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  • Alex VonHalle

Rules for being Safe Online

Updated: Dec 9, 2021

We have discussed the rules for safely interacting with other people online, as well as minor rules for taking care of yourself, but now we talk about rules for intentionally having barriers up. These rules are dedicated to making sure that you, as a user of a computer and the internet, are taking the proper steps to protect yourself from outside influences that intentionally mean you harm.

1. Keep Privacy Settings On

Hunting through your various internet histories and collecting your data is a tactic used by hackers. Fortunately, your devices have their own privacy settings that make it harder for outsiders to find your information. On top of that, many websites also have their own selection of privacy settings. Look through those if a website has them and make sure they are configured to your liking.

2. Practice Safe Browsing

In real life, you would not willing walk around a place that has a dangerous reputation, and it should be the same on the internet. There are websites of dubious content on the internet, and many of them have virtual pitfalls that let those sites and the people behind them steal your personal data or let malware into your systems. The best way to prevent such things from happening at all is to avoid such websites completely.

3. Keep Personal Information Professional and Limited

Potential employers or customers don't need to know your personal relationship status or your home address. They do need to know about your expertise and professional background, and how to get in touch with you. You wouldn't hand purely personal information out to strangers individually—don't hand it out to millions of people online.

4. Choose Strong Passwords

Passwords are one of the biggest weak spots in the whole Internet security structure, but there's currently no way around them. And the problem with passwords is that people tend to choose easy ones to remember (such as "password" and "123456"), which are also easy for cyber thieves to guess. Select strong passwords that are harder for cybercriminals to demystify. Password manager software can help you to manage multiple passwords so that you don't forget them. A strong password is one that is unique and complex—at least 15 characters long, mixing letters, numbers and special characters.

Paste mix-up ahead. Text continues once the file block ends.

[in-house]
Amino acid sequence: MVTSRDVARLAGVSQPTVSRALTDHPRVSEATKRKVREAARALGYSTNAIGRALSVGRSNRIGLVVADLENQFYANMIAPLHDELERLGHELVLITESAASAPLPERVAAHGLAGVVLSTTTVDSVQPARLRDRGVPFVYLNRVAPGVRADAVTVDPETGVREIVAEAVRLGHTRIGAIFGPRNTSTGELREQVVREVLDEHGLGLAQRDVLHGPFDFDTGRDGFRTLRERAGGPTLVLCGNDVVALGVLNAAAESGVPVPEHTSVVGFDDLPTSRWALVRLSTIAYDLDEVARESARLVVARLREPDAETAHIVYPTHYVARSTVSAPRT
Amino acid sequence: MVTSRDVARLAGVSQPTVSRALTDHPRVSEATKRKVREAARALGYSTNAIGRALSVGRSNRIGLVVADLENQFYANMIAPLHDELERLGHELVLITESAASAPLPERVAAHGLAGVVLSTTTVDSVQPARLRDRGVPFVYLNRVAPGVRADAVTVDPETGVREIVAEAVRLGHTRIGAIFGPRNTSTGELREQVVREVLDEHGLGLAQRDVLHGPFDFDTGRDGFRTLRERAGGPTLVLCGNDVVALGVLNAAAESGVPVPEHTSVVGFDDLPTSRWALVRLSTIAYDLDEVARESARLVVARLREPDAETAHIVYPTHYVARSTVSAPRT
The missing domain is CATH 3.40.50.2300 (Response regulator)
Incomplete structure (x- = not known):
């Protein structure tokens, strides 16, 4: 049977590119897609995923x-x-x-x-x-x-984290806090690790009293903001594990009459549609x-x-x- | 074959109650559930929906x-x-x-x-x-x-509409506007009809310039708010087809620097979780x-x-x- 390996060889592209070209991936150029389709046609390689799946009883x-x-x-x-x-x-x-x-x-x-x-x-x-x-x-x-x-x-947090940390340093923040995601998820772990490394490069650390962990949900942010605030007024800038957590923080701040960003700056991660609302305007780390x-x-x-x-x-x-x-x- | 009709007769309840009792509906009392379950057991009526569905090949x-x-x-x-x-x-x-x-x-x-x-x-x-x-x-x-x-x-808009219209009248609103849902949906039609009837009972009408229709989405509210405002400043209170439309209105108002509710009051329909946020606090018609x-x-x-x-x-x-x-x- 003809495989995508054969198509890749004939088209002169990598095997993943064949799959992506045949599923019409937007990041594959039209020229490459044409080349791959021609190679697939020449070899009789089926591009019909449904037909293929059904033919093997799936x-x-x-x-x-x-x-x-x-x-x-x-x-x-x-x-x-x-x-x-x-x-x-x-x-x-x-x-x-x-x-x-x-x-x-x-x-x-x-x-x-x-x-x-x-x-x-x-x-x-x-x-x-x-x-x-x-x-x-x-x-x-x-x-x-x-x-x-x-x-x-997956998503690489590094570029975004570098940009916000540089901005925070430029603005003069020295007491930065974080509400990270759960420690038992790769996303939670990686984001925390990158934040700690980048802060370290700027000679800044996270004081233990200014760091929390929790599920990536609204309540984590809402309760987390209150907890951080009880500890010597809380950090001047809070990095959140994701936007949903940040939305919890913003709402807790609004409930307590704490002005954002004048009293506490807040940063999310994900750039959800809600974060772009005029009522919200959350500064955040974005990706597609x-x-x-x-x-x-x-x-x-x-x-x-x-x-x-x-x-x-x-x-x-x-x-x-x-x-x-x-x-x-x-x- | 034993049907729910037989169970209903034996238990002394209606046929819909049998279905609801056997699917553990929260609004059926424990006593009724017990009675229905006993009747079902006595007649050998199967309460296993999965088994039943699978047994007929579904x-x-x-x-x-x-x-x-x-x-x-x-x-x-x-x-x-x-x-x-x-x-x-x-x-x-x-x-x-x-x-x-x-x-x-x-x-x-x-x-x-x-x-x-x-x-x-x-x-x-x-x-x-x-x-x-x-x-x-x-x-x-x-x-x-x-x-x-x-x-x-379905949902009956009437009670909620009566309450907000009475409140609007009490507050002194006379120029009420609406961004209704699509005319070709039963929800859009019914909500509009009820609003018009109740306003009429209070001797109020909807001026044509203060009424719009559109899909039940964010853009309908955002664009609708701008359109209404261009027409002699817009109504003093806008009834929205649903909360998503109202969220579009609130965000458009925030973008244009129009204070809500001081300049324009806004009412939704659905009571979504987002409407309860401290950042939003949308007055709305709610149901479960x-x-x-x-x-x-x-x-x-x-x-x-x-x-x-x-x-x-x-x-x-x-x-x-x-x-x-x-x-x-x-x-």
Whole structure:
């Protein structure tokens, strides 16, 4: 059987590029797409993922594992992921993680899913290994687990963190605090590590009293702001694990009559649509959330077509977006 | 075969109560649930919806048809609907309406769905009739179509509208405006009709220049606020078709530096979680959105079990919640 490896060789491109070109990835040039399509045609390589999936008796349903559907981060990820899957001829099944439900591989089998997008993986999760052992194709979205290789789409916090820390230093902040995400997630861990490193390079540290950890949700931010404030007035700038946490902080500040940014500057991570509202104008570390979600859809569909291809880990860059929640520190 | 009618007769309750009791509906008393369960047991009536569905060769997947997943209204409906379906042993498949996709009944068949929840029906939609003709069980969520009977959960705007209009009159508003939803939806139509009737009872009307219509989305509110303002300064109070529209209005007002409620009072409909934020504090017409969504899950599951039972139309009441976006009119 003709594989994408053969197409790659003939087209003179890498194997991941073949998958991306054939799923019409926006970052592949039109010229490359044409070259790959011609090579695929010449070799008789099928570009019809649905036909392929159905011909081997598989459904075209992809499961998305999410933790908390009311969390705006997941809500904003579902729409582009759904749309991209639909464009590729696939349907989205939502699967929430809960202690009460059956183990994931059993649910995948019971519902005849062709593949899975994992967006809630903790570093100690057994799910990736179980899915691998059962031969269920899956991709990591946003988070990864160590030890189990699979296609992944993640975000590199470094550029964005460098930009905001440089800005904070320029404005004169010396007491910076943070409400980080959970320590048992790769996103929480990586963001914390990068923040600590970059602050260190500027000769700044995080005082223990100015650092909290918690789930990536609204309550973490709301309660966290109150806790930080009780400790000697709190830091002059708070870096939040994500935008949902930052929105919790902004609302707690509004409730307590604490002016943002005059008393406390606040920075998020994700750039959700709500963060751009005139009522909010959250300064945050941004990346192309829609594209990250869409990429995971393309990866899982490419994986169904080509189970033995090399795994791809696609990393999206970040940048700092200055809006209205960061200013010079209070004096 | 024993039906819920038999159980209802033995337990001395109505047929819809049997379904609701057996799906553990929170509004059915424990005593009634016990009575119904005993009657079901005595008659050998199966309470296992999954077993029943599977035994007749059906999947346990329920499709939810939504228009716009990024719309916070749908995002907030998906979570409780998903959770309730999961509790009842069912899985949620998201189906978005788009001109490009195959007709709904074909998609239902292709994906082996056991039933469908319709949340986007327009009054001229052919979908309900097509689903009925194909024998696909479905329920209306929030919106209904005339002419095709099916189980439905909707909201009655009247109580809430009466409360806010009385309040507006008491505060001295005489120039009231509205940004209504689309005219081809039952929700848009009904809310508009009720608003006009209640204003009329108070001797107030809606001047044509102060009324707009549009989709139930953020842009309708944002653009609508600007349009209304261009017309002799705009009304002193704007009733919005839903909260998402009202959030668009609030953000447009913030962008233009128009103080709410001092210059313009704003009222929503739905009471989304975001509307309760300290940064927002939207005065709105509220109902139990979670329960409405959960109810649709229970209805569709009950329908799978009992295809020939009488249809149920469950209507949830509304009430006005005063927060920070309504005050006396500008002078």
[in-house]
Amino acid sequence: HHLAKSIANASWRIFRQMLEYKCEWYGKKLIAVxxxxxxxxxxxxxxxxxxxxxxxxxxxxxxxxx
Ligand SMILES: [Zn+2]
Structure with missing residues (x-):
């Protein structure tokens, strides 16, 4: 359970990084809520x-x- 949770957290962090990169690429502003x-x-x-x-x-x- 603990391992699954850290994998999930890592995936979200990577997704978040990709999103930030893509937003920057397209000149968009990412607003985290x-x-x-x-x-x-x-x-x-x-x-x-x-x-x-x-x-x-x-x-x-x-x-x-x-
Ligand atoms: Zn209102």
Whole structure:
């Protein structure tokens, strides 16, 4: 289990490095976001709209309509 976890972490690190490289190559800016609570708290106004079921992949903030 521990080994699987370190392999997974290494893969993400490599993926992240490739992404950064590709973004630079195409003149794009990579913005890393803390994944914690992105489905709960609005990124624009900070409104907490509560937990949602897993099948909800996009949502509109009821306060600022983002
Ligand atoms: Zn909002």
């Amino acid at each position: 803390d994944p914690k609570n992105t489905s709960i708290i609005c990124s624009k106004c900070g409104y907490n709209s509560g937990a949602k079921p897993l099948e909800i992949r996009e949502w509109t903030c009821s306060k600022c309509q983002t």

5. Make Online Purchases From Secure Sites

Any time you make a purchase online, you need to provide credit card or bank account information—just what cybercriminals are most eager to get their hands on. Only supply this information to sites that provide secure, encrypted connections. As Boston University notes, you can identify secure sites by looking for an address that starts with https: (the S stands for secure) rather than simply http: They may also be marked by a padlock icon next to the address bar.

6. Be Careful What You Download

A top goal of cybercriminals is to trick you into downloading malware—programs or apps that carry malware or try to steal information. This malware can be disguised as an app: anything from a popular game to something that checks traffic or the weather. As PCWorld advises, don't download apps that look suspicious or come from a site you don't trust.

7. Make Sure Your Internet Connection is Secure. Use a Secure VPN Connection

When you go online in a public place, for example by using a public Wi-Fi connection, PCMag notes you have no direct control over its security. Corporate cybersecurity experts worry about "endpoints"—the places where a private network connects to the outside world. Your vulnerable endpoint is your local Internet connection. Make sure your device is secure, and when in doubt, wait for a better time (i.e., until you're able to connect to a secure Wi-Fi network) before providing information such as your bank account number.

To further improve your Internet browsing safety, use secure VPN connection (virtual private network). VPN enables you to have a secure connection between your device and an Internet server that no one can monitor or access the data that you’re exchanging.

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